I'll blog about Macworld when I get back to Seattle, but just for now, some notes on food:
Last night Harold took me to a new bistro on Russian Hill called Luella. Very elegant (done in sage greens and walnut brown), not particularly pricey. Signature side dish is polenta fries. These are quite a bit larger than french fries, filled with fine polenta with such a crispy exterior that I suspect an egg batter.
Food at Macworld is the usual convention center food in the Moscone (to be avoided if you have time to leave the building for alternatives). Fortunately, there are outstanding selections next door at the Sony technology center. The noodle place now has about 300 selections of soups, stir fries, and such. The cold noodles with shredded chicken and sesame sauce remains a favorite. Today I went to the Firewood at the Sony and, instead of having their thin crust pizza, I got the appetizer sampler with dolmathes, grilled eggplant, goat-cheese stuffed peppers, and tossed mozzarella and tomatoes. A great vegetarian choice.
The show is very upscale this year; not many small vendors with weird stuff, and, unfortunately, no big MacWarehouse booths selling all the cables and memory card readers you forgot to bring with you. Lots of bags, iPod accessories, and all the big vendors for printing, photography, peripherals, and music.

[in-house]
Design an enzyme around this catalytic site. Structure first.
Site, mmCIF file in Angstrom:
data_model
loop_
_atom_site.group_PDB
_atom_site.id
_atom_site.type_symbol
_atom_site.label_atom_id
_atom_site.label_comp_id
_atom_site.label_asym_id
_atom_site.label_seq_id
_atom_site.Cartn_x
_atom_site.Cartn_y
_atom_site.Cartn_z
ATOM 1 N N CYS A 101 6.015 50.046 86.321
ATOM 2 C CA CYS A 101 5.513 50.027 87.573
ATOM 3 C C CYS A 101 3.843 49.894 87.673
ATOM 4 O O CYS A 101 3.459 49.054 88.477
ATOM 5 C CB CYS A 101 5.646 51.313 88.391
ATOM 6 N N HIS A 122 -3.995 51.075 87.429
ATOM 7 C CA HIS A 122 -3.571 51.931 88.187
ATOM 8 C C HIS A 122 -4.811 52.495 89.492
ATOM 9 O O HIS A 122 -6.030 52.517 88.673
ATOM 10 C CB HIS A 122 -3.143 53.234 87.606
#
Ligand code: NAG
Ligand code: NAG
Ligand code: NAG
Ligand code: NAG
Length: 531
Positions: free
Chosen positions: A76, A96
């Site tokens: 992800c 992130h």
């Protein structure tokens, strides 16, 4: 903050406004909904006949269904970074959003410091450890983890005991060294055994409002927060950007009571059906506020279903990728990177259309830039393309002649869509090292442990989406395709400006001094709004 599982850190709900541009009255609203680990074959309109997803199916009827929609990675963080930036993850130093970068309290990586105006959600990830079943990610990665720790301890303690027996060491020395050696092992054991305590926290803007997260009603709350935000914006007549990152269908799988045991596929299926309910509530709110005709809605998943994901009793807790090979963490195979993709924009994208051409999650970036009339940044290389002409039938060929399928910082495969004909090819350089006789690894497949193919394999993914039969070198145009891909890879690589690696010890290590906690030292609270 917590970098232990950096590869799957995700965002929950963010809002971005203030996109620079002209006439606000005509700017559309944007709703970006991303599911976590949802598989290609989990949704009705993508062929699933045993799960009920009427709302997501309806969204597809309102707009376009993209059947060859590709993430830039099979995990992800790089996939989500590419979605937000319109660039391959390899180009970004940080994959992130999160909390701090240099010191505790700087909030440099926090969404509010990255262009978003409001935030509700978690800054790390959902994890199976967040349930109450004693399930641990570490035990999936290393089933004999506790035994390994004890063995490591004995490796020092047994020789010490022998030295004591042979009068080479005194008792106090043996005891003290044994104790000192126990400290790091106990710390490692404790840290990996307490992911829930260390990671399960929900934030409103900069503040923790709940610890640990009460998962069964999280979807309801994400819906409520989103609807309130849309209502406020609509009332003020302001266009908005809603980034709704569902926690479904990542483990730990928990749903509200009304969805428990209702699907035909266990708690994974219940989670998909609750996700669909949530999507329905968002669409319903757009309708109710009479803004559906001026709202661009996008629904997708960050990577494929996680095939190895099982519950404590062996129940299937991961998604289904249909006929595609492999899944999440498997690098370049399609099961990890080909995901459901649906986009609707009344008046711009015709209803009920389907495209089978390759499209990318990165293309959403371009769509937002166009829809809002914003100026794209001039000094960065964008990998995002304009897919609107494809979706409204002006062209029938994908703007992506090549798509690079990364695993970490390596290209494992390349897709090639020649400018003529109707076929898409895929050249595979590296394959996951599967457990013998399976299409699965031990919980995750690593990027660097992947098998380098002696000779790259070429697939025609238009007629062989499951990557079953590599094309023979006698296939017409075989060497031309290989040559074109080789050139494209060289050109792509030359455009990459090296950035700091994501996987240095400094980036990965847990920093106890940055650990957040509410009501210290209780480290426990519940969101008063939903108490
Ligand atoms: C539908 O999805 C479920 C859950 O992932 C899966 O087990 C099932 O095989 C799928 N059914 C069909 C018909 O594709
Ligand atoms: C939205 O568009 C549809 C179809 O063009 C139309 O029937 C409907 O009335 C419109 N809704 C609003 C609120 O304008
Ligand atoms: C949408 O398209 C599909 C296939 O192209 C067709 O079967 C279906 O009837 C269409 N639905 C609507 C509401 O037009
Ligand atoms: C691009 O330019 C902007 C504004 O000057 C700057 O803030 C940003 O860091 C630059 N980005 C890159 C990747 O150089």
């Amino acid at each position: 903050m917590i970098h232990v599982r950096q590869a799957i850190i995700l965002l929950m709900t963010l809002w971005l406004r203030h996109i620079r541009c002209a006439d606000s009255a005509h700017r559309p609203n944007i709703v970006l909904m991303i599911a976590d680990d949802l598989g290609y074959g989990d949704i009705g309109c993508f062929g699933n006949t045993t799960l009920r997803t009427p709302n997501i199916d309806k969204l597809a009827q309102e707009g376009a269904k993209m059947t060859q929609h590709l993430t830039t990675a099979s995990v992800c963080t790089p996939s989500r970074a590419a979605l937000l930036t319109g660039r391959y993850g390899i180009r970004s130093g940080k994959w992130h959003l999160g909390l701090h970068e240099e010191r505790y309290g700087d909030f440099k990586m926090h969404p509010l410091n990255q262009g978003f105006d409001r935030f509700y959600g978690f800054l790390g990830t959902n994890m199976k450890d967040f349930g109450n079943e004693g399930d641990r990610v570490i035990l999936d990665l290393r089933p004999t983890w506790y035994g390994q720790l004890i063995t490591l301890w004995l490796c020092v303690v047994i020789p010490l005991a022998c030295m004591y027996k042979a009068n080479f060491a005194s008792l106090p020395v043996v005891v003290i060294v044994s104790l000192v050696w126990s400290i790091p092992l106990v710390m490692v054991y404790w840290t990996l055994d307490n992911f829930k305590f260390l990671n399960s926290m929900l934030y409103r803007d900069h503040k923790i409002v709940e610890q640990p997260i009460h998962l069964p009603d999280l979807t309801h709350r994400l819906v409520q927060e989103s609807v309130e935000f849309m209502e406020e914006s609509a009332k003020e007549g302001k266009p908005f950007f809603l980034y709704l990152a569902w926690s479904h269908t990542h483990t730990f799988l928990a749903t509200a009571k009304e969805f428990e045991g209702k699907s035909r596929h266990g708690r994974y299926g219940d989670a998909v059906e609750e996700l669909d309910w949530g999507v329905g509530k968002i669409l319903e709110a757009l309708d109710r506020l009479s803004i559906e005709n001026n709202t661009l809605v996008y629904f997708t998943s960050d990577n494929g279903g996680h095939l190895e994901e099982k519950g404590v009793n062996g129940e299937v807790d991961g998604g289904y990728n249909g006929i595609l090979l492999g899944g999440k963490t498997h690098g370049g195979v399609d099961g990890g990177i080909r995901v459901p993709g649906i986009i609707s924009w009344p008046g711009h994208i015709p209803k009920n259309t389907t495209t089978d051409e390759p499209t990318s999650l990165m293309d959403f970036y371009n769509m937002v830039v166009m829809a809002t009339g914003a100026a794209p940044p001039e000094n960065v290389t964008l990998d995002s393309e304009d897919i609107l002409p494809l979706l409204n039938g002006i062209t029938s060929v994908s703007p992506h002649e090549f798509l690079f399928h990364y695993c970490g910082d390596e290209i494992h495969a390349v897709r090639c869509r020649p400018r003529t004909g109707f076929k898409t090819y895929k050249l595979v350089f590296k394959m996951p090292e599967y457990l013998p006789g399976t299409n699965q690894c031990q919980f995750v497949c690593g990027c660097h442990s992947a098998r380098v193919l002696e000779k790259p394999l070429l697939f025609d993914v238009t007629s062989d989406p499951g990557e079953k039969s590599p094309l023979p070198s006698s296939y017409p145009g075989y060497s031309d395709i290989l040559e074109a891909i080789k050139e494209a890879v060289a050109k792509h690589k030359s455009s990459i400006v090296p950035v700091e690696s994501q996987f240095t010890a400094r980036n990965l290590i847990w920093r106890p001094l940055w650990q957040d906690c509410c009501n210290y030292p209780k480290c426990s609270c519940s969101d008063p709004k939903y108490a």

My vote for most astonishing software goes to Kinoma. Through some combination of TiVO, USB add-on for the TiVo, the Mac with Kinoma's $30 software, and your Treo, you end up watching full length movies on the Treo. Arcane, but useful for plane flights. I have no doubt that this works, but am wondering how much time and effort it takes to move the video from TiVo to Treo; and if my Treo has enough memory without adding a memory stick.